But within the intimacy of family, his father shared some profound memories of his Russian comrades, and how they fought the Nazis together for a time. During his last days with a Soviet tank battalion, Beyrle was badly wounded by a German attack and treated by Russian army doctors. “My father never forgot how Russian doctors saved his life,” said Ambassador Beyrle.
Joseph Beyrle, an American soldier, showed the indomitable spirit of a Red Army soldier even before he became one: An escapee from a German prisoner of war camp, the starving 21-year-old walked across the Eastern Front. When he finally saw a Soviet tank battalion, they offered to help him get home. Instead he asked if he could join them as they fought the Nazis, using only the Russian he had learned at the POW camp. Beyrle put on a Soviet uniform and experienced battle, brutal and redemptive, that he would never forget.
On May 5, the Ambassador spoke at the opening of an exhibit in honor of his father at the Central Museum of the Great Patriotic War in Moscow’s monumental Victory Park. He was joined embassy employees, representatives from the U.S. and Russian armed forces, Russian media and several military orchestras for the opening of, “Joseph Beyrle: A Hero of Two Nations.”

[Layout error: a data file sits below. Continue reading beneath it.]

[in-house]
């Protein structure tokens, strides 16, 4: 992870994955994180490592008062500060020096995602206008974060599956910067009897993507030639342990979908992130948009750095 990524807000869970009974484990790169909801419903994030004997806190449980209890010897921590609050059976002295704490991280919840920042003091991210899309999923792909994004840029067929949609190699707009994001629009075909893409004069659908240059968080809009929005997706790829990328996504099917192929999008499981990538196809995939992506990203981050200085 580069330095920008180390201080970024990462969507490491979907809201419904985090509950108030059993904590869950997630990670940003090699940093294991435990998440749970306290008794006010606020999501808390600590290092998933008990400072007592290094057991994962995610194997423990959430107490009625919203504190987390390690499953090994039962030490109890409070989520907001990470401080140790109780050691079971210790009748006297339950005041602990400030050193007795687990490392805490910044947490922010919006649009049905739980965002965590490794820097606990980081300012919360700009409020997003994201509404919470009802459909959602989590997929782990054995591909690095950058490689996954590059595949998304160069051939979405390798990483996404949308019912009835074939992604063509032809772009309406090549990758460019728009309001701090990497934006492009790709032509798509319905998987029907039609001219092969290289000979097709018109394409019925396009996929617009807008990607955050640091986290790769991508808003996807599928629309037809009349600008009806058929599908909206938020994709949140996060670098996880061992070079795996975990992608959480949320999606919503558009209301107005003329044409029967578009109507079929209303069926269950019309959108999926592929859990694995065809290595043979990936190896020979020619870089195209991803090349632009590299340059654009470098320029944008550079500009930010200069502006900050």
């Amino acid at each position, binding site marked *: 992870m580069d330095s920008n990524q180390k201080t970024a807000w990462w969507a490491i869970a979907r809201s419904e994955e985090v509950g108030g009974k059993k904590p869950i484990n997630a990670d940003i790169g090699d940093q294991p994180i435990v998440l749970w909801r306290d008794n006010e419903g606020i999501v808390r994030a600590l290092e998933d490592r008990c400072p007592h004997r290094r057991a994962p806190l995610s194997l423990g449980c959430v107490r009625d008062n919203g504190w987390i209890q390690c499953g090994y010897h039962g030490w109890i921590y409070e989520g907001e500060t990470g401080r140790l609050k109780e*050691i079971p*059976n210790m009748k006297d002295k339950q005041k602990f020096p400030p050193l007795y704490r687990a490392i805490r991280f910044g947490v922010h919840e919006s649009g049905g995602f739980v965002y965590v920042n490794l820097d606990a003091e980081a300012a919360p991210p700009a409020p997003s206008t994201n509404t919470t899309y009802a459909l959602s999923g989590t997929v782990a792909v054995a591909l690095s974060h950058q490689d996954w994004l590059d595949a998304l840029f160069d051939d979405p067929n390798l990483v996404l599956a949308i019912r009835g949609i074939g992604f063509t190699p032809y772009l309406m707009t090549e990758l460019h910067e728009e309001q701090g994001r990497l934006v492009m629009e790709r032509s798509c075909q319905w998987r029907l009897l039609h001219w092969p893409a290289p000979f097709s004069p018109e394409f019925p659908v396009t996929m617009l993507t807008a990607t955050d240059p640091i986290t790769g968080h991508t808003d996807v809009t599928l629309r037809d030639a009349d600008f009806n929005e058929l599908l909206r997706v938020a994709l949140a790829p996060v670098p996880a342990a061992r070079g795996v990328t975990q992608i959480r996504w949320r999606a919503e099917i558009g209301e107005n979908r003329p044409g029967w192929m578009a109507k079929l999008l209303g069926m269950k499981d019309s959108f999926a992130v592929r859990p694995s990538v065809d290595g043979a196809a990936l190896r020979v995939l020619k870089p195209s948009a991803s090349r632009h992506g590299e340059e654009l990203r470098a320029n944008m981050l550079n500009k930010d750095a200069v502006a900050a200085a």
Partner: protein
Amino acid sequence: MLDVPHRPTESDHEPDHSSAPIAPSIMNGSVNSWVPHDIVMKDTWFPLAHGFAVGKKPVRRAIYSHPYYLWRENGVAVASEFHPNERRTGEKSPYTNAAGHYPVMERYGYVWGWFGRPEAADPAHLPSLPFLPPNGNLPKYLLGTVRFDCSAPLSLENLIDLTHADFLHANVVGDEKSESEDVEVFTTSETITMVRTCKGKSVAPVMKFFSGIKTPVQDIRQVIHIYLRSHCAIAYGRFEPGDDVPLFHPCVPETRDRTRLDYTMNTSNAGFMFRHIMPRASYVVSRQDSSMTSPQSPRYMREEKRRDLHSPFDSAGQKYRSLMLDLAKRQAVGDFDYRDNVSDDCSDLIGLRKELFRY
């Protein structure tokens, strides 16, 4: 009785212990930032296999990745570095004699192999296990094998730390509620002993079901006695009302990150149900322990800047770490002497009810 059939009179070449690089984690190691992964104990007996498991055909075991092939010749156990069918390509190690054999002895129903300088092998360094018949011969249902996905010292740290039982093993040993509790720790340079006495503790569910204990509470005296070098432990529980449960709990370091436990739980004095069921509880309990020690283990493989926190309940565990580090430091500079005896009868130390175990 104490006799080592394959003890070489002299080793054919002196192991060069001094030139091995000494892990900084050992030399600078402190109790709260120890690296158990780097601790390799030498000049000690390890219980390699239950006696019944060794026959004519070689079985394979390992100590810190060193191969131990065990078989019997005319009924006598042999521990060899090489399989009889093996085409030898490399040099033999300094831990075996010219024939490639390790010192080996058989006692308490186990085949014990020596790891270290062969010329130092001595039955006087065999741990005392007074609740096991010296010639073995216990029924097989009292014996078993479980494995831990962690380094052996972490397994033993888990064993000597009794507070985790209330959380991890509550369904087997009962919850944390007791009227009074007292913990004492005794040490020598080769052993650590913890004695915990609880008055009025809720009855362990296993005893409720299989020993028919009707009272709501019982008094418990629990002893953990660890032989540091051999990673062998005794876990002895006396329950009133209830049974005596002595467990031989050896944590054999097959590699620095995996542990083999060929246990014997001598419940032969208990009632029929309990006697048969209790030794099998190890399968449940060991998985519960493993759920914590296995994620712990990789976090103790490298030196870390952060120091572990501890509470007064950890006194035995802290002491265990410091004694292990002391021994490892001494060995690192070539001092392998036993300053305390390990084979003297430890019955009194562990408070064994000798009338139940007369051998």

All photos by Svetlana Taylor
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The Ambassador said at the exhibit that his father objected to the word hero: “My father is whispering into my ear: No, I’m not a hero! The heroes are the ones who didn’t return from battle. Let’s honor their memory with this exhibit.”
Through photographs and memorabilia, the exhibit can’t help but be a tribute to the extraordinary life Joe Beyrle led. He was reported killed in action and a funeral was held in Michiagan while he fought with the Soviets. For a short time, he was held at Moscow’s Metropol hotel until the American Embassy confirmed his identity.
Like so many other veterans, Joseph Beyrle returned to Michigan a changed man. But everyday life overcame history: He took a job to support his family, but his recollections of the war did not dim. His memories would have a profound effect on his son, who became a Russia specialist and fluent Russian speaker.
“Having been through Poland and Eastern Europe, my father—and through him my entire family—understood what the cost of the war was to the Russians," his son said. "I’d say we knew more about their role in World War II than most Americans. And Americans should know more about Russia’s role in the war, just as, I would say, Russians should know more about America’s contribution.
Beyrle died in 2004, before he got a chance to see John become the U.S. Ambassador to the Russian Federation. But he knew his son, a career diplomat, was well on his way.
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